Slinky Compaction for append only file systems
Taking ideas from Haskell and Cassandra. Using an append only data structure requires compaction in order to clean up deleted or out of date versions.
Instead of doing a background clean up task which can hog resources. Use two files one is the current file being appended to and the second is the previously written to file. Data from the old file pours over from the old file to the new one while it also accepts new data. The fact that old and new data is interleaved doesn't matter because the file index is also written with this slinky like format. Once old data pours over completely into the new one, the old file is removed and the new one continues to be used until it is determined that the process should start again. This reduces the overhead associated with compactions. I've done the experiment with files up to 150GB and recorded a large improvement. Details and exact numbers will be published when I get the time to write everything up in Jan/Feb 2014. (TODO: Write up a page with the results and prepare a paper for publishing)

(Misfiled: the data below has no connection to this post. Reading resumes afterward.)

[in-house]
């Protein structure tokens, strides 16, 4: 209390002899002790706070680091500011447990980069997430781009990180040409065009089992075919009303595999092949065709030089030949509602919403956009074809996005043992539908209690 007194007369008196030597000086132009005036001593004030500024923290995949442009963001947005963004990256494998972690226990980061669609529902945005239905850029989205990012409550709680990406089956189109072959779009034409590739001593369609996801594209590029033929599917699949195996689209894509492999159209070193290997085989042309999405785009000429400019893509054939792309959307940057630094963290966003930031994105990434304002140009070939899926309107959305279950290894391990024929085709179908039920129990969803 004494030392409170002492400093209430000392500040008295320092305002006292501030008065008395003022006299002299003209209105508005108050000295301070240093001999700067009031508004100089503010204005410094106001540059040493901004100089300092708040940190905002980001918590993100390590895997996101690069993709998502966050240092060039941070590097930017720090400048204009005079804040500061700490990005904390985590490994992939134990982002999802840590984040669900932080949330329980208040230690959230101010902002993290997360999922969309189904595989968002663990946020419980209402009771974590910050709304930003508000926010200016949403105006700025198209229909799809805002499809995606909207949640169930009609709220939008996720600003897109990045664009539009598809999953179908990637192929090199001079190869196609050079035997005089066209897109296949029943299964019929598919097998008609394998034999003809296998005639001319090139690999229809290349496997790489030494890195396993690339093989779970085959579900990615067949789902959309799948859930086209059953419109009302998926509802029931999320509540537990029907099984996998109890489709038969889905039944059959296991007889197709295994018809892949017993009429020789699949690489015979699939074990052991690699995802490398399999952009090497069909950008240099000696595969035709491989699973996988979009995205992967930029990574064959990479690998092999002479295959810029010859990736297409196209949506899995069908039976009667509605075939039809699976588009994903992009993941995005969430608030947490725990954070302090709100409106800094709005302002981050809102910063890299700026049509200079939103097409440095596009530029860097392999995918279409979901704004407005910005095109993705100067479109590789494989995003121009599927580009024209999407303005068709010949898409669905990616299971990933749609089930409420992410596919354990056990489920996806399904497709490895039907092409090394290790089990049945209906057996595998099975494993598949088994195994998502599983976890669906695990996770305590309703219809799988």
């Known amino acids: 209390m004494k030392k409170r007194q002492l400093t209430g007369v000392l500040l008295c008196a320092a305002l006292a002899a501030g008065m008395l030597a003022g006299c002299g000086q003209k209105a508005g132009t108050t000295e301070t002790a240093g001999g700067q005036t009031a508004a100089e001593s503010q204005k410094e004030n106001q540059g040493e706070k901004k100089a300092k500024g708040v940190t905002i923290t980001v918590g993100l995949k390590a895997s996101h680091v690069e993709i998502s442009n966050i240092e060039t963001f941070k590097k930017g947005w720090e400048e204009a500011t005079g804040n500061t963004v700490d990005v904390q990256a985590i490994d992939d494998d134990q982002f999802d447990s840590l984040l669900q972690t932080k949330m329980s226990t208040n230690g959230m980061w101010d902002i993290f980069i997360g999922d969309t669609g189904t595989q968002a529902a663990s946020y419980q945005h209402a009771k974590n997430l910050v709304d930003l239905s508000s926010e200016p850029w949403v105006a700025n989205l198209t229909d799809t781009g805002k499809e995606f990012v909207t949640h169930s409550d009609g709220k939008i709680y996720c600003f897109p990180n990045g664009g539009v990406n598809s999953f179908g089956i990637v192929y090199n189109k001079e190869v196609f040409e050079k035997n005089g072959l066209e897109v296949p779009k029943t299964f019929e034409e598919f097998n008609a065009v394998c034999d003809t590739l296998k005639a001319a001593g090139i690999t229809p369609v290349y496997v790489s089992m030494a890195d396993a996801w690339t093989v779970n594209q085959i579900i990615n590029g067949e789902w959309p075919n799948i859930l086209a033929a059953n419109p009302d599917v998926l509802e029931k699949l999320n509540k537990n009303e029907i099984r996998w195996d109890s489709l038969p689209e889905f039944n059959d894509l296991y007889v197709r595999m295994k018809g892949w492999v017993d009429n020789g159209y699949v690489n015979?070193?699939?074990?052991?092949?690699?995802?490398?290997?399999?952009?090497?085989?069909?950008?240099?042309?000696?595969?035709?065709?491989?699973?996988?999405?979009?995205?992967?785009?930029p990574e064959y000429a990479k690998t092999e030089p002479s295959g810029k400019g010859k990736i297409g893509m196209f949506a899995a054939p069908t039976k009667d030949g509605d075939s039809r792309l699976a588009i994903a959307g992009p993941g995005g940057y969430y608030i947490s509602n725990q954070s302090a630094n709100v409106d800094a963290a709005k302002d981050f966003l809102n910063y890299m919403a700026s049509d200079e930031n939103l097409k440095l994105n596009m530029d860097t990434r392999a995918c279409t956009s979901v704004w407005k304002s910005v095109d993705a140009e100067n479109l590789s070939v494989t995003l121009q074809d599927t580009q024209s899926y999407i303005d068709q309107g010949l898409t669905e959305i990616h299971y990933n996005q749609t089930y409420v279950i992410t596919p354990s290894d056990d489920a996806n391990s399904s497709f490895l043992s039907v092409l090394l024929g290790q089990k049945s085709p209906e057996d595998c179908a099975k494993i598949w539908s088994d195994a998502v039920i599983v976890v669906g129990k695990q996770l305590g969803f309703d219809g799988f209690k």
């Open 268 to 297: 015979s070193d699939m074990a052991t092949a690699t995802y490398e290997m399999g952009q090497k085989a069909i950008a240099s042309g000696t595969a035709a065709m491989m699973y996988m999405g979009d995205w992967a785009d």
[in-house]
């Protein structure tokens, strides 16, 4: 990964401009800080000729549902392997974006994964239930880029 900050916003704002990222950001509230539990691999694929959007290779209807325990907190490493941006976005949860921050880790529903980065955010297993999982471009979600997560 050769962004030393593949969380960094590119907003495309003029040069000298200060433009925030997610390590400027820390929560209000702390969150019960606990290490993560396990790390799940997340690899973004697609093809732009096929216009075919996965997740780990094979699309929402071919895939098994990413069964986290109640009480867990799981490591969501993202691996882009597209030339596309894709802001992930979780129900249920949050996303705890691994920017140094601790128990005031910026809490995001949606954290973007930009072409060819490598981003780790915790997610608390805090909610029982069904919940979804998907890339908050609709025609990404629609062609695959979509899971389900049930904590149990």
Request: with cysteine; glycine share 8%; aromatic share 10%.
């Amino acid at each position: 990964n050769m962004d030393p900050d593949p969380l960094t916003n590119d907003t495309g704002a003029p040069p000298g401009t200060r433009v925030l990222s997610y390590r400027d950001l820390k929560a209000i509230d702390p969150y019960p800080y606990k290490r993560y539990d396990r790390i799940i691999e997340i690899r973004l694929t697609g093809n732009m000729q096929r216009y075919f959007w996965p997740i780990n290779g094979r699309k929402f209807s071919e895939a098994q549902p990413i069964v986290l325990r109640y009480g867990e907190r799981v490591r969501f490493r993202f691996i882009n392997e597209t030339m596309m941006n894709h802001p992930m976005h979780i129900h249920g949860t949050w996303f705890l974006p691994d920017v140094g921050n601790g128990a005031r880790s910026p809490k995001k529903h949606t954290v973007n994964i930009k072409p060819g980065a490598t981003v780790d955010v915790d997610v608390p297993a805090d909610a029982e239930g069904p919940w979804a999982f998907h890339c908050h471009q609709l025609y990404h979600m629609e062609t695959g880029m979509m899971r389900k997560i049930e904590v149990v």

Generational data indexing
The journal and slinky mechanism introduces 3 potential locations for data to be available from. In order to avoid random disk seeks and data searches over potentially several gigabytes or terabytes of data, the file system uses a vertex index, where, given any vertex ID, the index can give the exact byte offset at which the vertex's data begines and in the correct file.
Garbage collection style indexing
Trishul M. Chilimbi and James R. Larus (Using Generational Garbage Collection To Implement Cache-Conscious Data Placement) explored how a generational garbage collector can be used to re-organize data structures in object oriented languages, such that objects with a high temporal affinity are placed next to each other to increate the likely hood of those objects being placed in the same cache block.
While their goals are somewhat different a similar technique can be used for disk based file systems. There are three primary files involved in the file system and at any point the system must be able to specifically identify which file and which byte offset a vertex's data starts at.